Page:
Taking aim at the ways younger generations have demonstrated greater openness to same-sex marriage, Wilson continued:

“If we allow culture to form our opinion and we don’t–especially I would say young people today…we have some wonderful young people in the church, we need more. But young people I would urge to go back to the word and not allow culture to form opinions that are contrary to the word. You know people will want us to believe that life is existential, that everything is relative. It is not, if we believe in absolutes, and absolutes do not have to be legalistic in the wrong sense. They are full of Christ’s righteousness. So I think as you go into this, I would appeal to this body and to the entire–not only the North American Division, but the whole church at large–that we must fully understand what is really at stake. It is that we must stand for the word in loving kindness, but we must always stand for God’s word.”

As Wilson finished, several Executive Committee members murmured “Amen.” North American Division President Daniel Jackson responded:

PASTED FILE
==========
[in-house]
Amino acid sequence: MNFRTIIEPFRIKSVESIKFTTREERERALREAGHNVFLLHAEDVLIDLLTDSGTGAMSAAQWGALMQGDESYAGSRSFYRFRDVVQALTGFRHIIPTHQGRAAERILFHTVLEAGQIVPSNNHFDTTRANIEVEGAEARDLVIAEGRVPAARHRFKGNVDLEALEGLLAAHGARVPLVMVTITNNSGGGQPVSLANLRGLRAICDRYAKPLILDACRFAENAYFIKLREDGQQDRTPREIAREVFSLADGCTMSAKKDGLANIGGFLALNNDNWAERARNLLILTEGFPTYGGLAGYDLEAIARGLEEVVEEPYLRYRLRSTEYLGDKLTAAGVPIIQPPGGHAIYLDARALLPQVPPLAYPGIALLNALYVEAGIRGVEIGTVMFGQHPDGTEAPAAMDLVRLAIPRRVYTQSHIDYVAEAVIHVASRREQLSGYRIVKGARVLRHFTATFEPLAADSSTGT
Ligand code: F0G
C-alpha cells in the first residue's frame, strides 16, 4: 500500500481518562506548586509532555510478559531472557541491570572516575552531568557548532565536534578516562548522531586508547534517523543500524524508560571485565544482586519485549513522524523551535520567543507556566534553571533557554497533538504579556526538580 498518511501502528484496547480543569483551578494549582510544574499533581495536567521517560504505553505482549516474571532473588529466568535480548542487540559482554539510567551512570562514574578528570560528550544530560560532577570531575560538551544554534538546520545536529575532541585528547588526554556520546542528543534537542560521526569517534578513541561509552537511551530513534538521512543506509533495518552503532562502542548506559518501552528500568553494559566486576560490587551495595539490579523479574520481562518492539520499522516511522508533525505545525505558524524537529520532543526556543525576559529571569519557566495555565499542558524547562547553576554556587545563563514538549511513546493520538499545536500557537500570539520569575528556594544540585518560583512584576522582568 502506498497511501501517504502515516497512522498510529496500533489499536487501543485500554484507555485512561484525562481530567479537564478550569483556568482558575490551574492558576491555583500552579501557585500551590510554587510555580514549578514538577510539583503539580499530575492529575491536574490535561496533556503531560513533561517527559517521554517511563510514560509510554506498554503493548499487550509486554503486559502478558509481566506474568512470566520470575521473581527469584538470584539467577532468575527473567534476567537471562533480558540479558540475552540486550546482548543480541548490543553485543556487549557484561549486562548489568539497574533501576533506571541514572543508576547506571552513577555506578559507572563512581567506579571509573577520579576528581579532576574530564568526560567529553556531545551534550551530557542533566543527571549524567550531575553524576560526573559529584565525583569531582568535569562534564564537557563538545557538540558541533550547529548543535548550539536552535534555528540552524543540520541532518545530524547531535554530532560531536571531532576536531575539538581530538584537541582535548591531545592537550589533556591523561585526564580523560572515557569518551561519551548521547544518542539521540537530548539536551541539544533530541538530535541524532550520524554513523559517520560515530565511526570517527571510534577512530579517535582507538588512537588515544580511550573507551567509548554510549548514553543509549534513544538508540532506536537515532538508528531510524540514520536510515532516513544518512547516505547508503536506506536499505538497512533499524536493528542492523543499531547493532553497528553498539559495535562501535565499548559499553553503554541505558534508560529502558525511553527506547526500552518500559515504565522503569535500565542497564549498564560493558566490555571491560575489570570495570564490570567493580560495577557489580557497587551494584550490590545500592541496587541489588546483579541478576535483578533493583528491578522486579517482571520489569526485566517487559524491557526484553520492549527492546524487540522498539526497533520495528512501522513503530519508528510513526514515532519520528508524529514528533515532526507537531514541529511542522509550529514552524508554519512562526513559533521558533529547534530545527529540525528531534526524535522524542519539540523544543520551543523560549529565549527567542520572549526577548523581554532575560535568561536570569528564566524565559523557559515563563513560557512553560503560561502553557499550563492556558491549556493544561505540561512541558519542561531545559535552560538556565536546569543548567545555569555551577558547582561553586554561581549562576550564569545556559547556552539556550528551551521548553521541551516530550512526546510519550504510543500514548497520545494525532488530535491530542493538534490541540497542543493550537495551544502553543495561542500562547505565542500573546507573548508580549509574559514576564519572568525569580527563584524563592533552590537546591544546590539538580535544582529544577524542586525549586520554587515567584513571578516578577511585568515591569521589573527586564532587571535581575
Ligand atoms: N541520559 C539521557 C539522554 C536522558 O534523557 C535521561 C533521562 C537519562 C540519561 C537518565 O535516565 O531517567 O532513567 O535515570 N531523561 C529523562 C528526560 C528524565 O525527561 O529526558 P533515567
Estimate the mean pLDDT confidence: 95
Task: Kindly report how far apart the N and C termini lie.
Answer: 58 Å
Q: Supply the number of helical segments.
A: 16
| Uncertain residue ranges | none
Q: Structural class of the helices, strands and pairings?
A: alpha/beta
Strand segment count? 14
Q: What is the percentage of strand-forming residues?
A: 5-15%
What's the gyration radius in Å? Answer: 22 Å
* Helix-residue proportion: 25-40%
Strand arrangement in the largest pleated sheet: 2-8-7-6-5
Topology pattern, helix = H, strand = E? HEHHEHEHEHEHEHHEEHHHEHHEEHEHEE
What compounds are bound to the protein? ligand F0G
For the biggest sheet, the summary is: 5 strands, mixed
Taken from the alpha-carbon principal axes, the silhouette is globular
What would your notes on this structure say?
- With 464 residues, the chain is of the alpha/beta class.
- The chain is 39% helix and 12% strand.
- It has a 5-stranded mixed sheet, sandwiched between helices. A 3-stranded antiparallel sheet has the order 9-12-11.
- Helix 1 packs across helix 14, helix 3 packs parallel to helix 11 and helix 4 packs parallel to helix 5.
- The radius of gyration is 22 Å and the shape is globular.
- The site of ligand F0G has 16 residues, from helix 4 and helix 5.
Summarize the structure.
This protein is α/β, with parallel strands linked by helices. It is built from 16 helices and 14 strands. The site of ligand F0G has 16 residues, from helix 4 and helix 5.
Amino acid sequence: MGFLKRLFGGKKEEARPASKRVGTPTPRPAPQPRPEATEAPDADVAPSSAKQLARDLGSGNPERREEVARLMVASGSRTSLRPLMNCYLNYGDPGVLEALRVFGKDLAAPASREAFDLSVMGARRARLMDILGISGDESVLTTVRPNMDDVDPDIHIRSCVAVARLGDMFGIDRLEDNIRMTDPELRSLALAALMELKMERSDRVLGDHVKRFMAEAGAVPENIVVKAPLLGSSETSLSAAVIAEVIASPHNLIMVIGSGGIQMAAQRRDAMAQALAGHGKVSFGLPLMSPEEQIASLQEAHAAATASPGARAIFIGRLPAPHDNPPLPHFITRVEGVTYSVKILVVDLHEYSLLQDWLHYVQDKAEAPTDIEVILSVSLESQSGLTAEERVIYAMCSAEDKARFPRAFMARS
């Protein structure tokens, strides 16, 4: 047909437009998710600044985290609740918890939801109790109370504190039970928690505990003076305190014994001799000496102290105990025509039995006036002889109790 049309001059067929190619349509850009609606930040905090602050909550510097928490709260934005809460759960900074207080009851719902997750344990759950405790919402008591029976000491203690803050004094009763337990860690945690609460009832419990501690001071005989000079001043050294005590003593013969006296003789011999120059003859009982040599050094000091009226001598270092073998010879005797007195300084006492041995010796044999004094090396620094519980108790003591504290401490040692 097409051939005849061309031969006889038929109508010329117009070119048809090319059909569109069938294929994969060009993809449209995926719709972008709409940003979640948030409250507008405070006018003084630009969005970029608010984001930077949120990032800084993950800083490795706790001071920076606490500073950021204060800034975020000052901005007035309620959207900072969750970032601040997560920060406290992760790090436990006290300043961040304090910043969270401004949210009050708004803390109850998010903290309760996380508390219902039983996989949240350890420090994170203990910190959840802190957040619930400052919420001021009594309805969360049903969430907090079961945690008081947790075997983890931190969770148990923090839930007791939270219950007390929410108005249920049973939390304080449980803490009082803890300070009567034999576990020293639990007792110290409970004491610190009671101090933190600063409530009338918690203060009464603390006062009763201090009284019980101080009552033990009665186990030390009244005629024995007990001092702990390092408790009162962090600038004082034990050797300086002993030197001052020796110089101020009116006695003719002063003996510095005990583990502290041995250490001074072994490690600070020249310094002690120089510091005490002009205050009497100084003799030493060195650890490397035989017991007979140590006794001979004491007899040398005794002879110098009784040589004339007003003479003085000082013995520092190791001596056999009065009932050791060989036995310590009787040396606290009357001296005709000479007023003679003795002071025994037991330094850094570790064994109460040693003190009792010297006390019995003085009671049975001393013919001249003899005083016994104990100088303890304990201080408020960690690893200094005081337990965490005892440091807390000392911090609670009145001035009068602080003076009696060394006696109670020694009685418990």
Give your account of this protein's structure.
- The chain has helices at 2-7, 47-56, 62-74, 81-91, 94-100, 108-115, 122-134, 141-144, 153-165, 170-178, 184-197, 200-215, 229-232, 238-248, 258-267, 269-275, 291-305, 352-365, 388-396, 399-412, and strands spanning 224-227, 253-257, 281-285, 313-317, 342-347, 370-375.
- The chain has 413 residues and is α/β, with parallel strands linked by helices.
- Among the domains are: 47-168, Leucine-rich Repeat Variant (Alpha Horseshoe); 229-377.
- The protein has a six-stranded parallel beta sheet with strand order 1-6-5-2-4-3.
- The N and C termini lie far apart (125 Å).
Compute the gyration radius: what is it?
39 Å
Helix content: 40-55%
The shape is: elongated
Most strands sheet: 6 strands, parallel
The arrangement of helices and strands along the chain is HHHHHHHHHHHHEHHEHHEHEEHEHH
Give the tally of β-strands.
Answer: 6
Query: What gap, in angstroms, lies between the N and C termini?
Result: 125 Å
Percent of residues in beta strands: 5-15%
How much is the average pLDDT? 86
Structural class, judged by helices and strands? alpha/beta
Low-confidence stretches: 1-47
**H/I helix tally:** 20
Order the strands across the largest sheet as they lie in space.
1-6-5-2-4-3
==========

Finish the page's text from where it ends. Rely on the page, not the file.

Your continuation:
“Thank you very much for that statement. I want to publicly give you the assurance that I fully support the statement that you just made, and I fully believe that is the position of our administration. We must never compromise on the word of God. Never compromise on the word of God. I do want to say, and I’ve made this observation to a number of young people who I’ve had dialogues with–and they’ve been good dialogues–the statement I’ve made is I believe in my heart is the church has it right in the theology. Where we do need, I think, help and assistance is in how we mediate the truth. How we mediate the statements to those in our midst because in our generation, it was much different. And so we need the help of those who interface and those who understand, in terms of relationships. And I think you pointed that out. But we will not compromise on the word of God and we cannot compromise on the word of God.”